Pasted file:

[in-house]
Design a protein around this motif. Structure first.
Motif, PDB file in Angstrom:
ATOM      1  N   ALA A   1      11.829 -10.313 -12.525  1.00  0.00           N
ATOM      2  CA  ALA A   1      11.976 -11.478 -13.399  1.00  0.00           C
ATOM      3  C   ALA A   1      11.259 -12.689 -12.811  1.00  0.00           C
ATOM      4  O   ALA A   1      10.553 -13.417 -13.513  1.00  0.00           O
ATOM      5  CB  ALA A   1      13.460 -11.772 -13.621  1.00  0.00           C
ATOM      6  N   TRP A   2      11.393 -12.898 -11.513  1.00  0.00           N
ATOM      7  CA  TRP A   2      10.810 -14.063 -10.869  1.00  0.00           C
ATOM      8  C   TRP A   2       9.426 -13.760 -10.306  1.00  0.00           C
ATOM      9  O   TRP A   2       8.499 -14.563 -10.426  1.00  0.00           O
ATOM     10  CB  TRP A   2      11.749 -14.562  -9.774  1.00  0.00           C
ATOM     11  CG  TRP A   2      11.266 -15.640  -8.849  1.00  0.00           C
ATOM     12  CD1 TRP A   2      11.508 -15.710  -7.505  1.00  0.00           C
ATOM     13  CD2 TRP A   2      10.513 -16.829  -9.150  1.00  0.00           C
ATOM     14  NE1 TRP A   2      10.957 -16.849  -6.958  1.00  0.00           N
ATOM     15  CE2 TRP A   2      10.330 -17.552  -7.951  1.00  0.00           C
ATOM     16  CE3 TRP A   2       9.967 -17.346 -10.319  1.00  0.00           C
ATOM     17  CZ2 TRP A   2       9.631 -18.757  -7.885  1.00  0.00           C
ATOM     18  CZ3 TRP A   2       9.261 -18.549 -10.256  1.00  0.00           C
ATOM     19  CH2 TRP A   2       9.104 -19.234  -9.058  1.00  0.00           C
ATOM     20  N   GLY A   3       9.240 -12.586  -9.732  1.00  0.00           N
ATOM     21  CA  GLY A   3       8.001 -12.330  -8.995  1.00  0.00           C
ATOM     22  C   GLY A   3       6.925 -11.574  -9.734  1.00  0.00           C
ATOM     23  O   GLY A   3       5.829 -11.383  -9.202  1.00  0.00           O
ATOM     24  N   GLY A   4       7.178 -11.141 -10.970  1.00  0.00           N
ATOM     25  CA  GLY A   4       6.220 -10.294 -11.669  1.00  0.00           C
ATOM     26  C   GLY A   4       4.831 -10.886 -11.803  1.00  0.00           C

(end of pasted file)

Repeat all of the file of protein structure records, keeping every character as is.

[in-house]
Design a protein around this motif. Structure first.
Motif, PDB file in Angstrom:
ATOM      1  N   ALA A   1      11.829 -10.313 -12.525  1.00  0.00           N
ATOM      2  CA  ALA A   1      11.976 -11.478 -13.399  1.00  0.00           C
ATOM      3  C   ALA A   1      11.259 -12.689 -12.811  1.00  0.00           C
ATOM      4  O   ALA A   1      10.553 -13.417 -13.513  1.00  0.00           O
ATOM      5  CB  ALA A   1      13.460 -11.772 -13.621  1.00  0.00           C
ATOM      6  N   TRP A   2      11.393 -12.898 -11.513  1.00  0.00           N
ATOM      7  CA  TRP A   2      10.810 -14.063 -10.869  1.00  0.00           C
ATOM      8  C   TRP A   2       9.426 -13.760 -10.306  1.00  0.00           C
ATOM      9  O   TRP A   2       8.499 -14.563 -10.426  1.00  0.00           O
ATOM     10  CB  TRP A   2      11.749 -14.562  -9.774  1.00  0.00           C
ATOM     11  CG  TRP A   2      11.266 -15.640  -8.849  1.00  0.00           C
ATOM     12  CD1 TRP A   2      11.508 -15.710  -7.505  1.00  0.00           C
ATOM     13  CD2 TRP A   2      10.513 -16.829  -9.150  1.00  0.00           C
ATOM     14  NE1 TRP A   2      10.957 -16.849  -6.958  1.00  0.00           N
ATOM     15  CE2 TRP A   2      10.330 -17.552  -7.951  1.00  0.00           C
ATOM     16  CE3 TRP A   2       9.967 -17.346 -10.319  1.00  0.00           C
ATOM     17  CZ2 TRP A   2       9.631 -18.757  -7.885  1.00  0.00           C
ATOM     18  CZ3 TRP A   2       9.261 -18.549 -10.256  1.00  0.00           C
ATOM     19  CH2 TRP A   2       9.104 -19.234  -9.058  1.00  0.00           C
ATOM     20  N   GLY A   3       9.240 -12.586  -9.732  1.00  0.00           N
ATOM     21  CA  GLY A   3       8.001 -12.330  -8.995  1.00  0.00           C
ATOM     22  C   GLY A   3       6.925 -11.574  -9.734  1.00  0.00           C
ATOM     23  O   GLY A   3       5.829 -11.383  -9.202  1.00  0.00           O
ATOM     24  N   GLY A   4       7.178 -11.141 -10.970  1.00  0.00           N
ATOM     25  CA  GLY A   4       6.220 -10.294 -11.669  1.00  0.00           C
ATOM     26  C   GLY A   4       4.831 -10.886 -11.803  1.00  0.00           C